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The Great Divide


The continued controversy and violence over the Danish cartoon depictions of Muhammad have made strange bedfellows of two groups in the U.S. whose worldviews often clash: Liberals support the right of people in Muslim countries to be self-governing; conservatives support the right of the United States to bring democracy to where it deems it is needed, and the uproar over the cartoons is proof-positive that it is needed. These two views are worlds apart.

But political conservatives and liberals alike are joined in their rejection of the violence the cartoons have engendered. And the rejection of that violence is based on the jointly-held understanding that it is a grievous error to mistake journalistic freedom for governmental policy.

In spite of quarrels over whether our own press actually promotes this, both liberals and conservatives would endorse the need for a free press as the cornerstone for the exchange of ideas and the best defense against political hegemony.

And so people on both ends of the political spectrum have found themselves ruefully concluding that “They don’t understand the inherent value in having a free press.”

So what’s the answer to that?

In an interview published at Germany’s Spiegel online, Europe’s leading advocate of liberal Islam, Tariq Ramadan, observes, “People need to break out of their intellectual ghettos, break out of their religious and cultural ghettos and come to some common, universal values. And these values do exist. . . . This needs to be a pre-emptive strategy based on a true understanding of what pluralism requires.”

It seems like solid advice. But who decides what is a universal value? Doesn’t our government see democracy as the means by which universal values can be guaranteed? For those living in theocracies, the universal values most sought after are those related to religious doctrine and not civil codes of conduct.

This is the complicated question we can’t duck.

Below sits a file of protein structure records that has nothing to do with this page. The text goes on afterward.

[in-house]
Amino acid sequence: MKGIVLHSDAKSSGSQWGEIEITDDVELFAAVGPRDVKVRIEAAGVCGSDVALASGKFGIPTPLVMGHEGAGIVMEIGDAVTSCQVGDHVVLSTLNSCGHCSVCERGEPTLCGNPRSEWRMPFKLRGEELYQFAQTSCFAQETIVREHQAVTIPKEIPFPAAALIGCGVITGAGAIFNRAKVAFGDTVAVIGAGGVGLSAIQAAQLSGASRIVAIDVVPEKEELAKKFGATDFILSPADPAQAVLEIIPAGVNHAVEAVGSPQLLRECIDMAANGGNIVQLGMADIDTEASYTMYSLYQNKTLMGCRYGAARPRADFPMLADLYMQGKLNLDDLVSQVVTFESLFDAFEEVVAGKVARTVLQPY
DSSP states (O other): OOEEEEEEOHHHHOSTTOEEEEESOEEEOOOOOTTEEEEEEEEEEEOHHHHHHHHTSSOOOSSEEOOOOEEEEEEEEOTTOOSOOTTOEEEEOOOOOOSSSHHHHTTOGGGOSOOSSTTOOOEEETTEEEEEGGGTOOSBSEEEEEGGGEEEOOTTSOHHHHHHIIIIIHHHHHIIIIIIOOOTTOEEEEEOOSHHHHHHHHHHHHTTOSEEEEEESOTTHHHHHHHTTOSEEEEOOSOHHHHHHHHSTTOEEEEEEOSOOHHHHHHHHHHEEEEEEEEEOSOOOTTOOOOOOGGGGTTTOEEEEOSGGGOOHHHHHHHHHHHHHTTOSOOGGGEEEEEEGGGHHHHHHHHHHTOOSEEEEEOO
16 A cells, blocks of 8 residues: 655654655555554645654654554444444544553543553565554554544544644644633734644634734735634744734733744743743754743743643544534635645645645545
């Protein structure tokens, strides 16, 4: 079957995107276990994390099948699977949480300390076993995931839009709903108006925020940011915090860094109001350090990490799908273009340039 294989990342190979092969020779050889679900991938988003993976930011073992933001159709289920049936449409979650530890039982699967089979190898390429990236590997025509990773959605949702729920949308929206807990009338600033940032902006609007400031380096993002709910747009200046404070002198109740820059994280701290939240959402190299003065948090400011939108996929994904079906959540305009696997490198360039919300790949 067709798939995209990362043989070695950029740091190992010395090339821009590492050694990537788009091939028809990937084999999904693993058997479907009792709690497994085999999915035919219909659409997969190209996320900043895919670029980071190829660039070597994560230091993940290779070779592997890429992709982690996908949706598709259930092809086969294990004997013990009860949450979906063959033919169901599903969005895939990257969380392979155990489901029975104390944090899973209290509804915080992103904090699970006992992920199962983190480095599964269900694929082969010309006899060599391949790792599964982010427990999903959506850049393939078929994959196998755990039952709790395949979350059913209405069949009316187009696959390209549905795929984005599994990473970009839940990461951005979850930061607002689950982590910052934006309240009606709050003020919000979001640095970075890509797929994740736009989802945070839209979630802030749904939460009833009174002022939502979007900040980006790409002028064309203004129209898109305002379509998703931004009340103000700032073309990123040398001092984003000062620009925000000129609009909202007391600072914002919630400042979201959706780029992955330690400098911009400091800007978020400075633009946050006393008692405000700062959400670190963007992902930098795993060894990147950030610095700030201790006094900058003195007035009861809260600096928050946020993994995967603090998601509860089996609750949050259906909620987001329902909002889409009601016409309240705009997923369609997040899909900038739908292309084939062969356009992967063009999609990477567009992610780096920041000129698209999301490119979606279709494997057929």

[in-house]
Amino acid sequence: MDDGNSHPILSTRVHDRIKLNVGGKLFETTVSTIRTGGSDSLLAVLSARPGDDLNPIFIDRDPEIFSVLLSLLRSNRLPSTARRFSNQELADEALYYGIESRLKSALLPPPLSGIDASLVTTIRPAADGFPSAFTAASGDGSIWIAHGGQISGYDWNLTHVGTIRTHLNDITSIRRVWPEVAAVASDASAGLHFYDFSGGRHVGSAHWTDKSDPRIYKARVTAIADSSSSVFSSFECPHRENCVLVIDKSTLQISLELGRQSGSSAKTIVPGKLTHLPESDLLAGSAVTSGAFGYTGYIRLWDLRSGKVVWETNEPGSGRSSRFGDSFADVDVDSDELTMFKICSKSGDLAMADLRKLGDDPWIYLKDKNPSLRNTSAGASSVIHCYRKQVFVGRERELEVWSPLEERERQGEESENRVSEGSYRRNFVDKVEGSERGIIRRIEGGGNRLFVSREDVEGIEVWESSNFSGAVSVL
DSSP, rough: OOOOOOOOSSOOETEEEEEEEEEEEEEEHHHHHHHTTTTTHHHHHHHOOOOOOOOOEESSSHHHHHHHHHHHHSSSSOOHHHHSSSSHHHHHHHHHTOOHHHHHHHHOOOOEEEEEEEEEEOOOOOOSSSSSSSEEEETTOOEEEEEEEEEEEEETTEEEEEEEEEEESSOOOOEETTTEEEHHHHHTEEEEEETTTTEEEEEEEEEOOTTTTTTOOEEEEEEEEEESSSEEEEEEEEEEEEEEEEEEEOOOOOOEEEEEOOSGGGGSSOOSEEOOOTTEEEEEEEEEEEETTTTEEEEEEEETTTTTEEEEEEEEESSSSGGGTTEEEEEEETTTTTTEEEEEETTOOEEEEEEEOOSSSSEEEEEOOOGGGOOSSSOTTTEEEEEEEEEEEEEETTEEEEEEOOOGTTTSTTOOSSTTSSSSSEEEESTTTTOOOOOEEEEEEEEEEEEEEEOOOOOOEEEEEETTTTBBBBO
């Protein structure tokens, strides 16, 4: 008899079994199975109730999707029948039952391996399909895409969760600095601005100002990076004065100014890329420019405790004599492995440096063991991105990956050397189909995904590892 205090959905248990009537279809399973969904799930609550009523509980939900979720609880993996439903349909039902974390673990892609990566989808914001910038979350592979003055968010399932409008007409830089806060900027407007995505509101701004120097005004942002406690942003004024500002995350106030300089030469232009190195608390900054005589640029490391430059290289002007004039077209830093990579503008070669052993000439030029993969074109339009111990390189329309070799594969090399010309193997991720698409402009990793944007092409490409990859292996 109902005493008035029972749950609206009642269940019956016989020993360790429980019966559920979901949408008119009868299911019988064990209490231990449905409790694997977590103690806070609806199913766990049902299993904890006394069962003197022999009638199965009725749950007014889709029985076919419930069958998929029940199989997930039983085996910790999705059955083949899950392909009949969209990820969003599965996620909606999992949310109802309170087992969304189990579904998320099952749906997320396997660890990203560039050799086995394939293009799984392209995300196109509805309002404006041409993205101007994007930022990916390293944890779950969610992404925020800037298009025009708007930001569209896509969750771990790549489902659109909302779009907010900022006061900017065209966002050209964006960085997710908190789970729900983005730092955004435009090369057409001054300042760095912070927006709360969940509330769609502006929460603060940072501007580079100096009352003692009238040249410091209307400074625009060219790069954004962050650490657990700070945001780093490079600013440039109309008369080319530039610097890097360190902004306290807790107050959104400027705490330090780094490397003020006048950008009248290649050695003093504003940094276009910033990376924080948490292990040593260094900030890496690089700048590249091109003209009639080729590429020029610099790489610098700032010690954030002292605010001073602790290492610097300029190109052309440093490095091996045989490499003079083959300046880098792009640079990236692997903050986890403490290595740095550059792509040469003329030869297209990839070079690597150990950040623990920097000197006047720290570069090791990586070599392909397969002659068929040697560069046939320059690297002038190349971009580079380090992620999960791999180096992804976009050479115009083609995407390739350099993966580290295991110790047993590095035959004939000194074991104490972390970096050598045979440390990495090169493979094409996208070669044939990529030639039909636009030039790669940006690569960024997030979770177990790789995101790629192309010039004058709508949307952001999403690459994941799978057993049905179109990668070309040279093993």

Literary theorist Stanley Fish, writing in The New York Times, sees the free press as part of the problem, not part of the solution, precisely because it is guided by the first tenet of the “the religion we call liberalism.”

Sounding a little like someone James Dobson might welcome as a guest on Focus on the Family, Fish says “The first tenet of liberal religion is that everything (at least in the realm of expression and ideas) is to be permitted, but nothing is to be taken seriously.”

“This is itself a morality—the morality of withdrawal from morality in any strong, insistent form. It is certainly different from the morality of those for whom the Danish cartoons are blasphemy and monstrously evil. And the difference, I think is to the credit of the Muslim protesters and to the discredit of liberal editors.”

The innocence of the cartoons derives from their “relativizing of ideologies and religions”—apparently a journalistic hallmark and sure sign of liberalism.

In opposition to that relativism, Fish says that anti-Jewish and anti-Christian cartoons are published in Arab countries precisely because their content matters: “they believe that Jews and Christians follow false religions and are proper objects of hate and obloquy.”

Fish has a point—but criticizing the liberalism of the media while also assuming an ossified religiosity in the Muslim world is a dangerous cocktail.

Sitting at a safe distance and observing the rift doesn’t heal it. And it’s a big, frightening rift. The debacle these cartoons has sparked has made the need for healing that rift even more clear, while at the same time making the means for healing even more murky.

In response to the interviewer’s observation that there are many people who listen to the radical voices of the Islamic fringe, Ramadan shoots back: “But there are many who don’t. The media should speak about these Muslims who are trying to become active and committed citizens . . . They need to be helped. Media pressure is undermining our work and we are regressing. Every six months you have some new event which ratchets up the pressure and focuses the attention on Muslims committing violence.”

“If Muslims and Europeans, as equal citizens living together in a democracy, are not able to trust each other, if we are not able to talk to each other, if we are not able to come to a reasonable agreement about how to live together, we are sending a signal to Islamic majority countries that there is no way for Muslims and Westerners to live together. We in Europe have a great responsibility.”

The same can be said of the United States, of course. We have a great responsibility to stand in the gap between radical Islam and colonizing westernization. But how?

That there is no easy answer doesn’t lessen the urgency of the need for an answer, but Ramadan makes the mission clear: “We need to stand between the people who are prophets of a very dark tomorrow. If we end up with a clash of civilizations we are both going to lose. If there is a dialogue of civilizations, then we are both going to win. We have to realize that whether we win or lose, we are going to do it together.”

And it is Ramadan, a Muslim living in Europe, whose words seem to me to carry more authority—and certainly more of a pre-emptive plan for healing—than Stanley Fish’s safe editorializing from the United States. At least, I’m choosing to hope so.

—Jo Page 

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